Howard Marks put it nicely when he said that, rather than worrying about share price volatility, 'The possibility of permanent loss is the risk I worry about... and every practical investor I know worries about.' So it seems the smart money knows that debt - which is usually involved in bankruptcies - is a very important factor, when you assess how risky a company is. We can see that The Hour Glass Limited (SGX:AGS) does use debt in its business. But the more important question is: how much risk is that debt creating?
When Is Debt A Problem?
Debt and other liabilities become risky for a business when it cannot easily fulfill those obligations, either with free cash flow or by raising capital at an attractive price. Part and parcel of capitalism is the process of 'creative destruction' where failed businesses are mercilessly liquidated by their bankers. However, a more usual (but still expensive) situation is where a company must dilute shareholders at a cheap share price simply to get debt under control. Having said that, the most common situation is where a company manages its debt reasonably well - and to its own advantage. When we examine debt levels, we first consider both cash and debt levels, together.
What Is Hour Glass's Net Debt?
You can click the graphic below for the historical numbers, but it shows that as of September 2021 Hour Glass had S$120.2m of debt, an increase on S$70.7m, over one year. However, its balance sheet shows it holds S$246.8m in cash, so it actually has S$126.6m net cash.
How Strong Is Hour Glass' Balance Sheet?
We can see from the most recent balance sheet that Hour Glass had liabilities of S$236.2m falling due within a year, and liabilities of S$79.4m due beyond that. Offsetting this, it had S$246.8m in cash and S$21.8m in receivables that were due within 12 months. So it has liabilities totalling S$47.0m more than its cash and near-term receivables, combined.
Given Hour Glass has a market capitalization of S$1.46b, it's hard to believe these liabilities pose much threat. But there are sufficient liabilities that we would certainly recommend shareholders continue to monitor the balance sheet, going forward. While it does have liabilities worth noting, Hour Glass also has more cash than debt, so we're pretty confident it can manage its debt safely.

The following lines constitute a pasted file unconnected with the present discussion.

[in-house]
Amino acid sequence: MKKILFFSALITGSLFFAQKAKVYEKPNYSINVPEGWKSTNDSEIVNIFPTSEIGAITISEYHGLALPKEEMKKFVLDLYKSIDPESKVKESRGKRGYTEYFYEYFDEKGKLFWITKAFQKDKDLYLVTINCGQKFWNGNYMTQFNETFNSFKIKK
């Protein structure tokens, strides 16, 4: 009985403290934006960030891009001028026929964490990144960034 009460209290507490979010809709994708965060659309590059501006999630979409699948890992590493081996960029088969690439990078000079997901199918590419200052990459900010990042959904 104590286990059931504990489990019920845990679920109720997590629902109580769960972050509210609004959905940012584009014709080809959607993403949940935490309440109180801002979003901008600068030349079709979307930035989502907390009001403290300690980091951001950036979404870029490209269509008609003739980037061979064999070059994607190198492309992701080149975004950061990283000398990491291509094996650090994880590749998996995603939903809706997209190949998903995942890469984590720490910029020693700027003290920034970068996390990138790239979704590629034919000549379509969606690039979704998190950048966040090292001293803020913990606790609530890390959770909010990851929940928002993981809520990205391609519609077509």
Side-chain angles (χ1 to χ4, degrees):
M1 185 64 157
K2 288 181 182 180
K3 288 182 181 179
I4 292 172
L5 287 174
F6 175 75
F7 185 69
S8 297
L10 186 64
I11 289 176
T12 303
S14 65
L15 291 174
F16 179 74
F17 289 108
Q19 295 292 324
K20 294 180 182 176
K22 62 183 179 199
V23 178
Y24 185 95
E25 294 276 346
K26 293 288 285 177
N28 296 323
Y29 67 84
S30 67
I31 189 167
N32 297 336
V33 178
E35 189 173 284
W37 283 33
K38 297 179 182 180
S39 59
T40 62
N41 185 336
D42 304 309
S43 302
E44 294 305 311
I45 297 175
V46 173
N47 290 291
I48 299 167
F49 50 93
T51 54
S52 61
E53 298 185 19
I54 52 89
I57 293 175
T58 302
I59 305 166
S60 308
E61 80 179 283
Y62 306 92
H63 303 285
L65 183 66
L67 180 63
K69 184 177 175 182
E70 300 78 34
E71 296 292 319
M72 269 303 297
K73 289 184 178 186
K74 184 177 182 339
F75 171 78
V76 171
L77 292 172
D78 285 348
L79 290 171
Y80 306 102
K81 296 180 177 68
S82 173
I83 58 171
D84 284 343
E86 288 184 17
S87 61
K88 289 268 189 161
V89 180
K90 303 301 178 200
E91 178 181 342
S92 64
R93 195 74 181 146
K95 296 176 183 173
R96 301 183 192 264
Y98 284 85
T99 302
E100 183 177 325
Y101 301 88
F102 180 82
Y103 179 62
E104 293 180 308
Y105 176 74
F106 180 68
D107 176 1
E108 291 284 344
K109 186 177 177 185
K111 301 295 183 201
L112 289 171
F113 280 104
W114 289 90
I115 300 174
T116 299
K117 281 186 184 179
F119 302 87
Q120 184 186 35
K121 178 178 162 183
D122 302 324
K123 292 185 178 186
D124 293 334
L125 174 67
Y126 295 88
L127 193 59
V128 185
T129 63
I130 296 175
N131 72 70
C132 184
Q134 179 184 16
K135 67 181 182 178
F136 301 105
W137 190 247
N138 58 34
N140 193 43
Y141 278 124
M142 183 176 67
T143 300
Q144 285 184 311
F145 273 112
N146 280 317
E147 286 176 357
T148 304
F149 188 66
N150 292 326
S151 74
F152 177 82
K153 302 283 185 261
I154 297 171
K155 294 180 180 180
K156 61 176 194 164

On top of that, Hour Glass grew its EBIT by 70% over the last twelve months, and that growth will make it easier to handle its debt. There's no doubt that we learn most about debt from the balance sheet. But it is Hour Glass's earnings that will influence how the balance sheet holds up in the future. So when considering debt, it's definitely worth looking at the earnings trend. Click here for an interactive snapshot.
Finally, a company can only pay off debt with cold hard cash, not accounting profits. Hour Glass may have net cash on the balance sheet, but it is still interesting to look at how well the business converts its earnings before interest and tax (EBIT) to free cash flow, because that will influence both its need for, and its capacity to manage debt. Happily for any shareholders, Hour Glass actually produced more free cash flow than EBIT over the last three years. That sort of strong cash generation warms our hearts like a puppy in a bumblebee suit.
We could understand if investors are concerned about Hour Glass's liabilities, but we can be reassured by the fact it has has net cash of S$126.6m. And it impressed us with free cash flow of S$189m, being 115% of its EBIT. So is Hour Glass's debt a risk? It doesn't seem so to us. When analysing debt levels, the balance sheet is the obvious place to start. However, not all investment risk resides within the balance sheet - far from it. For example, we've discovered 2 warning signs for Hour Glass that you should be aware of before investing here.
Of course, if you're the type of investor who prefers buying stocks without the burden of debt, then don't hesitate to discover our exclusive list of net cash growth stocks, today.
This article by Simply Wall St is general in nature. We provide commentary based on historical data and analyst forecasts only using an unbiased methodology and our articles are not intended to be financial advice. It does not constitute a recommendation to buy or sell any stock, and does not take account of your objectives, or your financial situation. We aim to bring you long-term focused analysis driven by fundamental data. Note that our analysis may not factor in the latest price-sensitive company announcements or qualitative material. Simply Wall St has no position in any stocks mentioned.
Have feedback on this article? Concerned about the content? Get in touch with us directly. Alternatively, email editorial-team (at) simplywallst.com.